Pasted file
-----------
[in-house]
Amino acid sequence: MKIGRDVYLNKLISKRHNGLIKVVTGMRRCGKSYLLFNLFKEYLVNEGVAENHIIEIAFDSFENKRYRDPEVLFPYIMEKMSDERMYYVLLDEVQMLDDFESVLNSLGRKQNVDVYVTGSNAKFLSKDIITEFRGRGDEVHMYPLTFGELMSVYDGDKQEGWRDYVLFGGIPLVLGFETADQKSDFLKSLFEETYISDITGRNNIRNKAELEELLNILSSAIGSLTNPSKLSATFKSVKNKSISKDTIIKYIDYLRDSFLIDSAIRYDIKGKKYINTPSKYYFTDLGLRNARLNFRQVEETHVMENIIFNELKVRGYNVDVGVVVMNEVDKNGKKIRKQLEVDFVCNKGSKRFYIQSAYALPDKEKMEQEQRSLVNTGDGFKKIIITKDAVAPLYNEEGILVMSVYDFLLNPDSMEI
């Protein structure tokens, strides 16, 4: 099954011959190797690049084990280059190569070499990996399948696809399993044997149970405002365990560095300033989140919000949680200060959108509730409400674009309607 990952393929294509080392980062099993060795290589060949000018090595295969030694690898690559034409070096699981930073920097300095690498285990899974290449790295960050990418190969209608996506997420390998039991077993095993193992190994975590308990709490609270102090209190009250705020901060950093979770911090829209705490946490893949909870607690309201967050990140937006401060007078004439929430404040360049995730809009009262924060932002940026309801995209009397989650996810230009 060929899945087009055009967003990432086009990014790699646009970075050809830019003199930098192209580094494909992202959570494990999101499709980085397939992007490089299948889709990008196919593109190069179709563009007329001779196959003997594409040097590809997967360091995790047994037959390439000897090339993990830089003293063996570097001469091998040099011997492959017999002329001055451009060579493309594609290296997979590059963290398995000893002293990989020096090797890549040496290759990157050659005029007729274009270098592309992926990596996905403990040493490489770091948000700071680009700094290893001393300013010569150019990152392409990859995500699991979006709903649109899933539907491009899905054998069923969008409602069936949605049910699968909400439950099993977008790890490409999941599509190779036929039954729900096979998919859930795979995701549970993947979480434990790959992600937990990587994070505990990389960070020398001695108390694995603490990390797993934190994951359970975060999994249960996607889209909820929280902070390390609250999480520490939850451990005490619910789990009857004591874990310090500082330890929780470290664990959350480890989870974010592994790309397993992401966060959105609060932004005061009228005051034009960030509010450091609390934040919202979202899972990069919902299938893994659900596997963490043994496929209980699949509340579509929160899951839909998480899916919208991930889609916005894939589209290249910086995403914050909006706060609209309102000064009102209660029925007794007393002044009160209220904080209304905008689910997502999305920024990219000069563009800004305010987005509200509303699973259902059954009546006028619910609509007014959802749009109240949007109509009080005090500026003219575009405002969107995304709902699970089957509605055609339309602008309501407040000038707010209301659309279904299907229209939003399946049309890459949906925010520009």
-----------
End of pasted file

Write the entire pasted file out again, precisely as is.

[in-house]
Amino acid sequence: MKIGRDVYLNKLISKRHNGLIKVVTGMRRCGKSYLLFNLFKEYLVNEGVAENHIIEIAFDSFENKRYRDPEVLFPYIMEKMSDERMYYVLLDEVQMLDDFESVLNSLGRKQNVDVYVTGSNAKFLSKDIITEFRGRGDEVHMYPLTFGELMSVYDGDKQEGWRDYVLFGGIPLVLGFETADQKSDFLKSLFEETYISDITGRNNIRNKAELEELLNILSSAIGSLTNPSKLSATFKSVKNKSISKDTIIKYIDYLRDSFLIDSAIRYDIKGKKYINTPSKYYFTDLGLRNARLNFRQVEETHVMENIIFNELKVRGYNVDVGVVVMNEVDKNGKKIRKQLEVDFVCNKGSKRFYIQSAYALPDKEKMEQEQRSLVNTGDGFKKIIITKDAVAPLYNEEGILVMSVYDFLLNPDSMEI
């Protein structure tokens, strides 16, 4: 099954011959190797690049084990280059190569070499990996399948696809399993044997149970405002365990560095300033989140919000949680200060959108509730409400674009309607 990952393929294509080392980062099993060795290589060949000018090595295969030694690898690559034409070096699981930073920097300095690498285990899974290449790295960050990418190969209608996506997420390998039991077993095993193992190994975590308990709490609270102090209190009250705020901060950093979770911090829209705490946490893949909870607690309201967050990140937006401060007078004439929430404040360049995730809009009262924060932002940026309801995209009397989650996810230009 060929899945087009055009967003990432086009990014790699646009970075050809830019003199930098192209580094494909992202959570494990999101499709980085397939992007490089299948889709990008196919593109190069179709563009007329001779196959003997594409040097590809997967360091995790047994037959390439000897090339993990830089003293063996570097001469091998040099011997492959017999002329001055451009060579493309594609290296997979590059963290398995000893002293990989020096090797890549040496290759990157050659005029007729274009270098592309992926990596996905403990040493490489770091948000700071680009700094290893001393300013010569150019990152392409990859995500699991979006709903649109899933539907491009899905054998069923969008409602069936949605049910699968909400439950099993977008790890490409999941599509190779036929039954729900096979998919859930795979995701549970993947979480434990790959992600937990990587994070505990990389960070020398001695108390694995603490990390797993934190994951359970975060999994249960996607889209909820929280902070390390609250999480520490939850451990005490619910789990009857004591874990310090500082330890929780470290664990959350480890989870974010592994790309397993992401966060959105609060932004005061009228005051034009960030509010450091609390934040919202979202899972990069919902299938893994659900596997963490043994496929209980699949509340579509929160899951839909998480899916919208991930889609916005894939589209290249910086995403914050909006706060609209309102000064009102209660029925007794007393002044009160209220904080209304905008689910997502999305920024990219000069563009800004305010987005509200509303699973259902059954009546006028619910609509007014959802749009109240949007109509009080005090500026003219575009405002969107995304709902699970089957509605055609339309602008309501407040000038707010209301659309279904299907229209939003399946049309890459949906925010520009």